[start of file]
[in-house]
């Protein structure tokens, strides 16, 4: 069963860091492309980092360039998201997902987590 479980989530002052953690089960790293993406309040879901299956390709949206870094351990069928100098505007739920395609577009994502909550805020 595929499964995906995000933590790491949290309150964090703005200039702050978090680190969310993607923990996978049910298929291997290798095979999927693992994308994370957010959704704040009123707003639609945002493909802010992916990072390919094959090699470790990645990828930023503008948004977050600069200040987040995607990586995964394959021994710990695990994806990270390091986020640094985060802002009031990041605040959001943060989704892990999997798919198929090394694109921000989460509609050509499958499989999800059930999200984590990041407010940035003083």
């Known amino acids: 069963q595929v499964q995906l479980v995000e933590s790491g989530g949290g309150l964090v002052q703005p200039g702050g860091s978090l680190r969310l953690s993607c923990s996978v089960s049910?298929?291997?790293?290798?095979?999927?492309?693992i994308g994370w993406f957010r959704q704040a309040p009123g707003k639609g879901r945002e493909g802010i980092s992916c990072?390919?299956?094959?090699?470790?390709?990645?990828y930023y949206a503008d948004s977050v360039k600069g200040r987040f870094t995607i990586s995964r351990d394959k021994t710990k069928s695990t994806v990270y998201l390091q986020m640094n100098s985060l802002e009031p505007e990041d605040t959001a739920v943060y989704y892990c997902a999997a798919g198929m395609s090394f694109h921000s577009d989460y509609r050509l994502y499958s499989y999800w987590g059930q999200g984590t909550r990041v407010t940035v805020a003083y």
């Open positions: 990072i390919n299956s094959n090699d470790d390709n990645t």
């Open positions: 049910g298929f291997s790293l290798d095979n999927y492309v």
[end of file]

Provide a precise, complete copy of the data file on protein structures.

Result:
[in-house]
């Protein structure tokens, strides 16, 4: 069963860091492309980092360039998201997902987590 479980989530002052953690089960790293993406309040879901299956390709949206870094351990069928100098505007739920395609577009994502909550805020 595929499964995906995000933590790491949290309150964090703005200039702050978090680190969310993607923990996978049910298929291997290798095979999927693992994308994370957010959704704040009123707003639609945002493909802010992916990072390919094959090699470790990645990828930023503008948004977050600069200040987040995607990586995964394959021994710990695990994806990270390091986020640094985060802002009031990041605040959001943060989704892990999997798919198929090394694109921000989460509609050509499958499989999800059930999200984590990041407010940035003083």
């Known amino acids: 069963q595929v499964q995906l479980v995000e933590s790491g989530g949290g309150l964090v002052q703005p200039g702050g860091s978090l680190r969310l953690s993607c923990s996978v089960s049910?298929?291997?790293?290798?095979?999927?492309?693992i994308g994370w993406f957010r959704q704040a309040p009123g707003k639609g879901r945002e493909g802010i980092s992916c990072?390919?299956?094959?090699?470790?390709?990645?990828y930023y949206a503008d948004s977050v360039k600069g200040r987040f870094t995607i990586s995964r351990d394959k021994t710990k069928s695990t994806v990270y998201l390091q986020m640094n100098s985060l802002e009031p505007e990041d605040t959001a739920v943060y989704y892990c997902a999997a798919g198929m395609s090394f694109h921000s577009d989460y509609r050509l994502y499958s499989y999800w987590g059930q999200g984590t909550r990041v407010t940035v805020a003083y």
């Open positions: 990072i390919n299956s094959n090699d470790d390709n990645t």
């Open positions: 049910g298929f291997s790293l290798d095979n999927y492309v």